It’s honestly been years since I went to a “scary” haunted house for Halloween. I think the last time must have been in my teens. Back then, I didn’t even consider myself to be a Christian. But here I am now as a Christian adult with kids and I’m wondering if haunted houses are just too scary for Christians.
Each of us has a choice…to participate in Halloween or not. I really don’t mind if you do or don’t. But the occasion is definitely an opportunity to question the Christian participation in the holiday event. For those of you (us) who celebrate it, I’d be curious to find out why you think it is fine. For those that don’t participate, I’d be equally curious of why you don’t.
Is participating in or celebrating Halloween, in any way serving, honoring, glorifying, or holding up as an idol, a false God?
In fact, far from participating in a pagan ritual, I would suggest that Halloween (what it has become in America), is a great opportunity to initiate and strengthen relationships with neighbors and “un-churched” individuals who might not know God or may themselves be serving false Gods.
I’m not suggesting un-relational evangelism tactics such as including a religious tract with every handful of candy. Such impersonal methods will likely generate a negative and uninspiring result.
However, let’s step through a typical Halloween, identify the positives and the negatives, and tweeze out any potential God dishonoring pagan idol worship that would lead us to boycott this American tradition.
Step 1: Spend time with your children picking out the perfect outfit.
Maybe you will dress up too? Sounds fun. OK, I’ve done this before with my children and I know it can be a beating. Negatives: It’s sometimes a miserable experience ending in fights and tears. Often the best outfits have been picked over already and you are left with last year’s favorites. How dreadful. Positives: A shared experience with your kids. And they will probably look adorable, right? Take some pics.
Step 2: Go buy some candy, a scary sound thingy, some plastic skeletons, a few colored light bulbs, and a few pumpkins to carve or decorate.
Negatives: The scary sound thingy, light bulbs, and skeletons are optional, but I would hardly call that pagan idol worship unless you bow down to them and start chanting or praying to them like the Israelites did with the golden calf. If that’s your plan I’d say you need to do more than boycott Halloween. You need to have a nice theological visit with a local Christian pastor. Now, the pumpkins and candy will cost you about $40 all in, and it could get a little messy. Positives: Spending time with your kids. You might actually have a teaching opportunity about whether ghosts and goblins are real, how our bodies will be raised from the dead during the rapture, and how many pumpkins twenty dollars will buy. Does money grow on trees? I don’t think so! Other positives: Spending time with your kids decorating and carving a pumpkin can be a blast. Roast the pumpkin seeds for a delicious treat!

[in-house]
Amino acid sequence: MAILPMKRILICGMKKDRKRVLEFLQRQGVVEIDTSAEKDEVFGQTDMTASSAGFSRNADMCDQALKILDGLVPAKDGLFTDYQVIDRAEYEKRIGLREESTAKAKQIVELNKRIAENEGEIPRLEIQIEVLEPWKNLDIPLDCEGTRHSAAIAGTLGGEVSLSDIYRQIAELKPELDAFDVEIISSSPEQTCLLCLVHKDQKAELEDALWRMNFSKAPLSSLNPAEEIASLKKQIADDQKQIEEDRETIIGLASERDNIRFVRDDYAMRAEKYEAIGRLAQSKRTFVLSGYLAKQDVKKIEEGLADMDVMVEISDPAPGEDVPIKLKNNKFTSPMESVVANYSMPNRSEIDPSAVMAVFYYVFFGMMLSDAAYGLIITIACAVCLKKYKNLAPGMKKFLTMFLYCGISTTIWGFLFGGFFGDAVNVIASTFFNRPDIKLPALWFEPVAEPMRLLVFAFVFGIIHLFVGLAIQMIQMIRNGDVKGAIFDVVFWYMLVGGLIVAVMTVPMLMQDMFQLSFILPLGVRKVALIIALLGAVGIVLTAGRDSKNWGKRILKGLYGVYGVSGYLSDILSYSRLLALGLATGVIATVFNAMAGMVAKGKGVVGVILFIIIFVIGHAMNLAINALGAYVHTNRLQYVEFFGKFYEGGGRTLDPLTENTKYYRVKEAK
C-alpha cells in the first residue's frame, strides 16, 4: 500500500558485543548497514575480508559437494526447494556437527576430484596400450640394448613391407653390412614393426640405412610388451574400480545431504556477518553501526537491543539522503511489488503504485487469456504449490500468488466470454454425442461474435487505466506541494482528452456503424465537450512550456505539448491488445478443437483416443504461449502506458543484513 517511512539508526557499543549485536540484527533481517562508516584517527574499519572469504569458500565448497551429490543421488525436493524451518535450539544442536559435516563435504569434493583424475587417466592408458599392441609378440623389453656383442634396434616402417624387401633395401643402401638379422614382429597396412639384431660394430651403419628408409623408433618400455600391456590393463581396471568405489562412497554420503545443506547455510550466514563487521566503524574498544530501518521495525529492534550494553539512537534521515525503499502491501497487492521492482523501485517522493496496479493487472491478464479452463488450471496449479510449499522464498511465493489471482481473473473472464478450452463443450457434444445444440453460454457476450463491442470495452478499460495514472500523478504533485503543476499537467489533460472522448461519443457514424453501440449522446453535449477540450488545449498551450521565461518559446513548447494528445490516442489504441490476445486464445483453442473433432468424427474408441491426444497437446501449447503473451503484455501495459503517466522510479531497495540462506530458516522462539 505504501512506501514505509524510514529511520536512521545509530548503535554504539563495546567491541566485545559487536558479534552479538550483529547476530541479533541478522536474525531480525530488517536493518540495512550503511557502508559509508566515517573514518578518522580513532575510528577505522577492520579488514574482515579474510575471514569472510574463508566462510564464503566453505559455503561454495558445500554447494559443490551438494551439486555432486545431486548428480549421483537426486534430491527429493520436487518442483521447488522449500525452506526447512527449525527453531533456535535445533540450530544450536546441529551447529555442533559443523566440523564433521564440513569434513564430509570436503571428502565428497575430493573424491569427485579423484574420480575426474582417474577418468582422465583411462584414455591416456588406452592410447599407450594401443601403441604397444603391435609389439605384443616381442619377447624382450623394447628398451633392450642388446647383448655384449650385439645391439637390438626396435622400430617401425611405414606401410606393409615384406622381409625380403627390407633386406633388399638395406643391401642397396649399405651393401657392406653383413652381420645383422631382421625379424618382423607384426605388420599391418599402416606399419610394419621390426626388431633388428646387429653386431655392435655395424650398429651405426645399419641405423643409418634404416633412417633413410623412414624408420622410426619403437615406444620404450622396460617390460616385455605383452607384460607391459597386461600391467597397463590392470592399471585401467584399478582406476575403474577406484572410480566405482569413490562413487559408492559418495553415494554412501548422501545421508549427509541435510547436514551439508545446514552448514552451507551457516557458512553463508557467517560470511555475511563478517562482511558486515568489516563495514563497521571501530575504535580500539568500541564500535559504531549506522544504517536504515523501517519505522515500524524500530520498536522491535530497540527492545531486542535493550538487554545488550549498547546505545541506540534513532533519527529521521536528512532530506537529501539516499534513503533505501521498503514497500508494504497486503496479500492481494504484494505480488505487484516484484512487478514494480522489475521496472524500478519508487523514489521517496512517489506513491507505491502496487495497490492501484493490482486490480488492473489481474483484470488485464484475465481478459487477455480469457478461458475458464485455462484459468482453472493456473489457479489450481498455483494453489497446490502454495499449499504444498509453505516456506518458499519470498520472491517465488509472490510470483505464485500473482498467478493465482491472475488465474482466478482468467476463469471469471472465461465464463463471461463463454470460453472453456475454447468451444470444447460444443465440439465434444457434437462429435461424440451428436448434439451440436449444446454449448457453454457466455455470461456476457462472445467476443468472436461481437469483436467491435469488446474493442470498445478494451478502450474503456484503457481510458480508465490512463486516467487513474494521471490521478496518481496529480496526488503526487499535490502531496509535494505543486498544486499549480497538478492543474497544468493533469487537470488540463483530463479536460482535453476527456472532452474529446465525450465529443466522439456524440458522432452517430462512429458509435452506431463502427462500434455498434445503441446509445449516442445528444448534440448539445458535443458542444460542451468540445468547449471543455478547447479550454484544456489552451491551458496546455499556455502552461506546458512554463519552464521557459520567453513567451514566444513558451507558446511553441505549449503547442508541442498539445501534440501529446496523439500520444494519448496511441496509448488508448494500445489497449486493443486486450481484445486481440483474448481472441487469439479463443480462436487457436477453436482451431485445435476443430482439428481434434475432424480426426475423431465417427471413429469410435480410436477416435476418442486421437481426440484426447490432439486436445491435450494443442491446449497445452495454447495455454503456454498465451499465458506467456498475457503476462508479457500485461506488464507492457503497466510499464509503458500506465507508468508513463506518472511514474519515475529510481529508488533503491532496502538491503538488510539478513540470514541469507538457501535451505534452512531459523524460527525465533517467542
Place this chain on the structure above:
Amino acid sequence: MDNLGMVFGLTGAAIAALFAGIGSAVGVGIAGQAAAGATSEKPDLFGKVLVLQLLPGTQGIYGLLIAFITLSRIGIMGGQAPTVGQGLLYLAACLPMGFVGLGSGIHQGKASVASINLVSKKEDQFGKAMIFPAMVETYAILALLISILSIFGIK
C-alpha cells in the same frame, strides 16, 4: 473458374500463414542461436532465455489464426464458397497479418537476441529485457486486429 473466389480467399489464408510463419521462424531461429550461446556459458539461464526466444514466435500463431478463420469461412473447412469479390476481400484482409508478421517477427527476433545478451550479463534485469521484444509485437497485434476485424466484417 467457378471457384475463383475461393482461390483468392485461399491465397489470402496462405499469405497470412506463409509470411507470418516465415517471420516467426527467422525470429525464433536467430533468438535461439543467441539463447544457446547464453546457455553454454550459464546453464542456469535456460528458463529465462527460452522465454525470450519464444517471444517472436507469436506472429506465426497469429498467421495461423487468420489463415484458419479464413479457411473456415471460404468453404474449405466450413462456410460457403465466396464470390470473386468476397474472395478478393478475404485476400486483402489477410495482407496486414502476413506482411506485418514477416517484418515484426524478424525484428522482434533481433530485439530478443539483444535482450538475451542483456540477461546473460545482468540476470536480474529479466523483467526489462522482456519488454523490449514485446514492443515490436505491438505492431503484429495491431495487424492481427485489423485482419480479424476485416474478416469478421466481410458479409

Step 3: Grab the candy bags or buckets, flashlights, get dressed up, and head out for some “treats”.
When was the last time you were “tricked” anyway? Negatives: Yes! More pictures. Positives: Lots of candy you probably won’t eat, memories of the 2 year old stumbling up to a neighbor’s doorsteps, dressed like a lady bug, grabbing 5 handfuls of candy before they are stopped, saying “twick o tweet”. How adorable! Did you get that on video?
Step 4: Meet, make new connections, and briefly mingle with neighbors you rarely see or talk to.
Other negatives: you might have to invade your neighbors homes to retrieve your children running in after a cute cat or puppie dog.
Step 5: Go home, fight the kids over what they can and can’t eat, throw away the “bad” candy, sneak a few yummy bites for yourself (Gotcha!), and scratch your head wondering when the pagan ritual thing is supposed to begin.
Negatives: A sugar rush that just won’t quit and a rekindled need to hit the gym. Positives: An opportunity to talk to your kids about healthy eating habits and the importance of brushing teeth before bedtime, a fun, memory-filled evening with neighbors and family, and some really cute pictures and videos.
So, should we as Christians boycott Halloween? My answer is an emphatic No! Unless you are planning a blood sacrifice, a seance with the undead, and a quick game of ouija, my answer is absolutely not! I wouldn’t miss it for the world!
Look forward to an article in a few months about whether as Christians “Santa Claus” should be part of our Christmas celebration.